What do waves kicking up sea spray as they crash in from the ocean have to do with climate change?
But that hasn't stopped Dalhousie University atmospheric scientist Dr. Rachel Chang in her pursuit of learning about how aerosols and gases coming out of the ocean condense on existing particles in the air and actually change what happens to those particles in the atmosphere.
Water sample at Dr. Rachel Chang’s laboratory at Dalhousie University in Halifax, N.S. (Nathan Coleman)
“Particles can directly reflect or scatter sunlight coming in from outer space,” Chang told The Weather Network. “All cloud droplets form on existing particles and those clouds affect radiation by reflecting sunlight back into space and reducing the amount of sunlight that reaches the surface.”
This has implications on global warming.
While the amount of carbon dioxide getting absorbed by the ocean attracts a lot of attention, Chang is more focused on how it impacts the biological activity in the ocean and what ends up coming out of the ocean as a result.
"Part of the way that CO2 is taken into the ocean is through photosynthesis by the phytoplankton. So I'm interested in how the biology is affected by this increased CO2 but also, presumably, the biology is more productive when it's when there's more CO2 in the atmosphere,” Chang explained.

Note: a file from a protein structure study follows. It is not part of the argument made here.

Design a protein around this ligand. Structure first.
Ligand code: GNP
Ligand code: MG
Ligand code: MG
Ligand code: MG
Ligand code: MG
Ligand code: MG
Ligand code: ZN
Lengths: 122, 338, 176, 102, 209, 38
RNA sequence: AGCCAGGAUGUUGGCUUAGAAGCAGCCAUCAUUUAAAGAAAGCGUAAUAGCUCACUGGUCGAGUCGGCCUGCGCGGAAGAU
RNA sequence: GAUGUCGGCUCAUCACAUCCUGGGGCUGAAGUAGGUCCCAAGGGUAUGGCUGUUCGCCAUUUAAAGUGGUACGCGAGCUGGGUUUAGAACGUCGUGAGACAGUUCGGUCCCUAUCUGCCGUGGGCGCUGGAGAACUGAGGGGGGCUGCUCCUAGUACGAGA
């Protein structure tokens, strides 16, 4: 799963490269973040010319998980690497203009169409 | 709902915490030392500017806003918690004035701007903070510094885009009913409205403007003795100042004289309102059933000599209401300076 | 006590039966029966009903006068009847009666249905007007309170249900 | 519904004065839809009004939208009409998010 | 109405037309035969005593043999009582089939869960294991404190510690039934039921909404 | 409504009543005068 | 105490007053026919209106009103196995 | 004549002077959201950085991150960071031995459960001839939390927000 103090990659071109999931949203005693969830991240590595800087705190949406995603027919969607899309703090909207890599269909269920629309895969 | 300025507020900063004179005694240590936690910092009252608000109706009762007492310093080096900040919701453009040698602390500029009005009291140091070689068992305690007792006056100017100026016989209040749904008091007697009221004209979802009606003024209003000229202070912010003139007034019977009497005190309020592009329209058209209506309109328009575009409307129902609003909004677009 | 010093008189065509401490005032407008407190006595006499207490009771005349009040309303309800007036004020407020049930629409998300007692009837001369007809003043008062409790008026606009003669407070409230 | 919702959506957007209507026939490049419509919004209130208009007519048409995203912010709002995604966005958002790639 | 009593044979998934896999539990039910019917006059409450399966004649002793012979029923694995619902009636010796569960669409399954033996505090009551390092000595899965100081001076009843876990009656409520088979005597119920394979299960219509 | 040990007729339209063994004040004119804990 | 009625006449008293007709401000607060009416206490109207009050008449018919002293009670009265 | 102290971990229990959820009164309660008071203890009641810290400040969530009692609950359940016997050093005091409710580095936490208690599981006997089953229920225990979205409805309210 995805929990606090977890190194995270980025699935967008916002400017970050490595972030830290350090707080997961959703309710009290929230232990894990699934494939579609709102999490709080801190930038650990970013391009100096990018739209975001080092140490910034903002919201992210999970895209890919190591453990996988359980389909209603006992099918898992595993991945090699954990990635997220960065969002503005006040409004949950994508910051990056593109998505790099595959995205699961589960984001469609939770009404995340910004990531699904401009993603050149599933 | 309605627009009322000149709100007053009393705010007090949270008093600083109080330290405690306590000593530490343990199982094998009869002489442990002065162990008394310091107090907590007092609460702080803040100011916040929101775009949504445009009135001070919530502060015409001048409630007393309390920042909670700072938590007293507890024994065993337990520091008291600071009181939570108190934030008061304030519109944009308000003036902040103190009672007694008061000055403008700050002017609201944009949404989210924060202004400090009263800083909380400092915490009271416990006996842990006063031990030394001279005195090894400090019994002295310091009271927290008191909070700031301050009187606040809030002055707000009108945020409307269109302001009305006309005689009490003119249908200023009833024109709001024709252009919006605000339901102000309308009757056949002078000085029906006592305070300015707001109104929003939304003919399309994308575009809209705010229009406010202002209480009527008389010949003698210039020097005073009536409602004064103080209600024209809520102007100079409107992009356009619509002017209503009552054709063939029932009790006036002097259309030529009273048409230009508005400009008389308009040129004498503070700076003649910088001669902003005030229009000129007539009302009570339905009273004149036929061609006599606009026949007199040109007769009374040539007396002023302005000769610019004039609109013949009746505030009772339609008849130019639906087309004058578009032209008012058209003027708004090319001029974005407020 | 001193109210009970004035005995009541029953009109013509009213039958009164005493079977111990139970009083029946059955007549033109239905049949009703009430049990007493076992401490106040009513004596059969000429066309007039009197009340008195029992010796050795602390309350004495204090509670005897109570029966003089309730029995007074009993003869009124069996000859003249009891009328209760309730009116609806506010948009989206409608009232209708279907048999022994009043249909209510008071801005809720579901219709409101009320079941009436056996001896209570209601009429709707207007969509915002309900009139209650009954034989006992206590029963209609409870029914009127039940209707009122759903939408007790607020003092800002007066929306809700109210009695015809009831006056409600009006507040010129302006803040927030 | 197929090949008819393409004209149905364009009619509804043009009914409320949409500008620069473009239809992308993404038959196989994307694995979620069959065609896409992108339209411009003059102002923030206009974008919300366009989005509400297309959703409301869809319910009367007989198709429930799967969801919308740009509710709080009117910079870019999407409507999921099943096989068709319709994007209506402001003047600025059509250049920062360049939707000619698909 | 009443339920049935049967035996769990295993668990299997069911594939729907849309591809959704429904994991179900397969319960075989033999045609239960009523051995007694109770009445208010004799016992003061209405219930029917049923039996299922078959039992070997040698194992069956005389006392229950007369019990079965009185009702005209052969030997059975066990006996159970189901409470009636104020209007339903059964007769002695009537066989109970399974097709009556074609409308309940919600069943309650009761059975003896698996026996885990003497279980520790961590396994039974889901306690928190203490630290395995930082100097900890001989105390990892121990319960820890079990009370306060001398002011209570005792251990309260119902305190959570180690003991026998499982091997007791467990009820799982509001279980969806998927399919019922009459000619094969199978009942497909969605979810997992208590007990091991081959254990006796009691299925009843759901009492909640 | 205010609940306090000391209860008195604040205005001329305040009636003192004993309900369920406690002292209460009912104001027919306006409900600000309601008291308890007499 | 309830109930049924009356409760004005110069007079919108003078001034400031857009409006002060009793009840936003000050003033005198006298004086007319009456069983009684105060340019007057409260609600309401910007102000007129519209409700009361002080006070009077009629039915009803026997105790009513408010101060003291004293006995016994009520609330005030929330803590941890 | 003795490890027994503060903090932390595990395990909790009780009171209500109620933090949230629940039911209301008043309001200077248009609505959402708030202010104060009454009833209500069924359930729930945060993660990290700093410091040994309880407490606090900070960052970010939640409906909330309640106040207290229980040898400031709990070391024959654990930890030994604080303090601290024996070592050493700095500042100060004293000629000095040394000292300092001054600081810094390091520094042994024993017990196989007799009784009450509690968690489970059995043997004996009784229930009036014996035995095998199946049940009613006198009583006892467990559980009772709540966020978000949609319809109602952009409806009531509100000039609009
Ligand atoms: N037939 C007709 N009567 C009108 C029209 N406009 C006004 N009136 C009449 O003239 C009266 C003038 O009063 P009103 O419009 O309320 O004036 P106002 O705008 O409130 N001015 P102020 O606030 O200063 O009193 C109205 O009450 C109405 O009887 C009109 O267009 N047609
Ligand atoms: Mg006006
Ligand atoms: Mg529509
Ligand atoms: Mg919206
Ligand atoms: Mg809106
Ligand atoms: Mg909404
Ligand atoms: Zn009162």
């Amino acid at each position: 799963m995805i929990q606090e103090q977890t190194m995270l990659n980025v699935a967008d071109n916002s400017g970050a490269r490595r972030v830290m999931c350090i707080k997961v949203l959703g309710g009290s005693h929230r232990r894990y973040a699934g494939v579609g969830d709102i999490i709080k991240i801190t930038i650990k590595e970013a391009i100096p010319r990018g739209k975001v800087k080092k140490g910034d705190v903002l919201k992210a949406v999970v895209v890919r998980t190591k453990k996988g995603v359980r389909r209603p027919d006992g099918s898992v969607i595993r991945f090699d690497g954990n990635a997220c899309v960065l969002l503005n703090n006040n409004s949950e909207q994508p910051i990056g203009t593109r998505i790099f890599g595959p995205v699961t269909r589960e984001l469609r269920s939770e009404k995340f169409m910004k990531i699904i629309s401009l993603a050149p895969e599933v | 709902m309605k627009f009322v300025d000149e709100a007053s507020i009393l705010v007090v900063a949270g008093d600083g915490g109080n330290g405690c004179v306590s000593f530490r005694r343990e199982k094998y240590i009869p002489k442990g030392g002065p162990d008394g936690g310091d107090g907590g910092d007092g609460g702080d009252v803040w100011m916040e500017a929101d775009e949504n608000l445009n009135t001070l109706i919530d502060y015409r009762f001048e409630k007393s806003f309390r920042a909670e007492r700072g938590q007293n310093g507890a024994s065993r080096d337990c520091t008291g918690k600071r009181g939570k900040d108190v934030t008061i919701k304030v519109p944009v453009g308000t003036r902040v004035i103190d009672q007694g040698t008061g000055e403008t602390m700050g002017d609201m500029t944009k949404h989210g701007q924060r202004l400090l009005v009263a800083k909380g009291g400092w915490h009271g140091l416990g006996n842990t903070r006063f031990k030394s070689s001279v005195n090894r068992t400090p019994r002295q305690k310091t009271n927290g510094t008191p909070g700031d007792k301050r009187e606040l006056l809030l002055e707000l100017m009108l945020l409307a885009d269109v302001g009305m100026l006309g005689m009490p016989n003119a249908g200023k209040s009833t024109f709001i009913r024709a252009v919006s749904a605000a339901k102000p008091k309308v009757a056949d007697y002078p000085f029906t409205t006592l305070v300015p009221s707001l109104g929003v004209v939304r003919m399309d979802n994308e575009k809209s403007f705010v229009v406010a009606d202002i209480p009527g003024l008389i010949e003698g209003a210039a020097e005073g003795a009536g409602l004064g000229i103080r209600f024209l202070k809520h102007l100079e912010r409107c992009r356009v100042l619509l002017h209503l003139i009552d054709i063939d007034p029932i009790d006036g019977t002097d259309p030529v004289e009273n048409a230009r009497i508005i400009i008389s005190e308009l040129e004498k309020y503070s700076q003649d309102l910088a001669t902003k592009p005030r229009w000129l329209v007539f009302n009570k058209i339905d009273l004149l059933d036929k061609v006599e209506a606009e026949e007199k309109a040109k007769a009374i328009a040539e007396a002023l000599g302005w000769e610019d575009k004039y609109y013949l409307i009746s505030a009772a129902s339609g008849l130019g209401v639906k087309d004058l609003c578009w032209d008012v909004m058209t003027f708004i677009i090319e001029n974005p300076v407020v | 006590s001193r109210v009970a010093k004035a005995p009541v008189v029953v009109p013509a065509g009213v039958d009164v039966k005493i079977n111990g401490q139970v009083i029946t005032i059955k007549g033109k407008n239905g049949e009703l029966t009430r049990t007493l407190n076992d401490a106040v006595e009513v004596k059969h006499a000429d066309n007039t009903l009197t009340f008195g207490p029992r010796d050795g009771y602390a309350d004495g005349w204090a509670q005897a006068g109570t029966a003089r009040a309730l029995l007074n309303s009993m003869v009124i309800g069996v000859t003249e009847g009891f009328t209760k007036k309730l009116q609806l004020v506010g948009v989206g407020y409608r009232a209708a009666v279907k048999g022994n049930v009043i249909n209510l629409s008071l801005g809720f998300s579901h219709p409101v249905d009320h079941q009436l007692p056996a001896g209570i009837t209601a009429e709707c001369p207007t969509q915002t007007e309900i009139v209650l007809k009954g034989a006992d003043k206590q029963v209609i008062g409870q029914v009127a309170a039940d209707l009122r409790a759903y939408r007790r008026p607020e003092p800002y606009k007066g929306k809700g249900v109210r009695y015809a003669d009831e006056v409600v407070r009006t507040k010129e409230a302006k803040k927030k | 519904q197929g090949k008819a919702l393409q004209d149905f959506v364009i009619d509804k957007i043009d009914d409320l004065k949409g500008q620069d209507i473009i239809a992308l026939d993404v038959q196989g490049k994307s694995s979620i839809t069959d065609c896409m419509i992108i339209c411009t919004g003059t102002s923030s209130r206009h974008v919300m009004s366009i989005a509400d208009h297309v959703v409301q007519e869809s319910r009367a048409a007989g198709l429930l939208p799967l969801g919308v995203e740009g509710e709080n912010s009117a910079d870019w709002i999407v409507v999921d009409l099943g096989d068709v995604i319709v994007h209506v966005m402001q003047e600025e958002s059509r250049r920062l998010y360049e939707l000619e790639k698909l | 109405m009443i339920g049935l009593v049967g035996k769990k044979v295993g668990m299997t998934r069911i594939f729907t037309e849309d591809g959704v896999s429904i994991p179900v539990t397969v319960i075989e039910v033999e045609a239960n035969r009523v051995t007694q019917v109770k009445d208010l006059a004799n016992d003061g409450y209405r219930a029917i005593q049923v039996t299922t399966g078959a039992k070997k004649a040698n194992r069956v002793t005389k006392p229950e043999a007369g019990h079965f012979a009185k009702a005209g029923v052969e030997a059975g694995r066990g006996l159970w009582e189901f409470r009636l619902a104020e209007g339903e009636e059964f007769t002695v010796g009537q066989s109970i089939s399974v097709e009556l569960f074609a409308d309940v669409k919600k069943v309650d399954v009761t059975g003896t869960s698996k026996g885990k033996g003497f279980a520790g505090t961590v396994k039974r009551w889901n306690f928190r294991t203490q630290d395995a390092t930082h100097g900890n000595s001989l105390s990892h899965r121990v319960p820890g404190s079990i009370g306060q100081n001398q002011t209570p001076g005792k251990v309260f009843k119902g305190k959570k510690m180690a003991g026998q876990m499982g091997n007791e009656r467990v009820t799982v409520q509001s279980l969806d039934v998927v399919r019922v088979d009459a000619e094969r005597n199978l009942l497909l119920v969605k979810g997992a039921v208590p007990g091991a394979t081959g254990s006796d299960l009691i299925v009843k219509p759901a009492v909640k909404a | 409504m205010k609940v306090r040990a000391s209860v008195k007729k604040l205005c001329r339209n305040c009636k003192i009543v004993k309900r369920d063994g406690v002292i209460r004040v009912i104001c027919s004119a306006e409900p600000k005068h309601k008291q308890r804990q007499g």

“The gases that are in the atmosphere that are emitted from the ocean — from the biology or from other sources — can react in the atmosphere to then condense to help grow the existing particles larger, and then that will make them more likely to turn into clouds. Therefore [it’s] more likely the clouds will also be brighter because of those gases," said Chang.
Dr. Chang studies data gathered one to two months at a time in the Arctic and North Atlantic Oceans. (Nathan Coleman)
"One of the reasons why the Earth has not warmed as much or as quickly as some initial models had suggested is because we've been emitting a lot of sulfur dioxide, particles into the atmosphere and it's actually brightened our clouds and increased our albedo and increased reflectivity," said Chang. SO2, of course, presents other issues as it’s toxic and can impact human, animal, and plant health.
The scope of what Chang hopes to study in the atmosphere requires long term measurement and will be a costly task. She now studies data gathered one to two months at a time in the Arctic and North Atlantic Oceans.
Along with three partner universities, Dalhousie has applied for $155 million from the Canada First Research Excellence Fund for a program that would study the ocean's essential role in climate.
Thumbnail image: Unsplash/Axel Antas-Bergkvist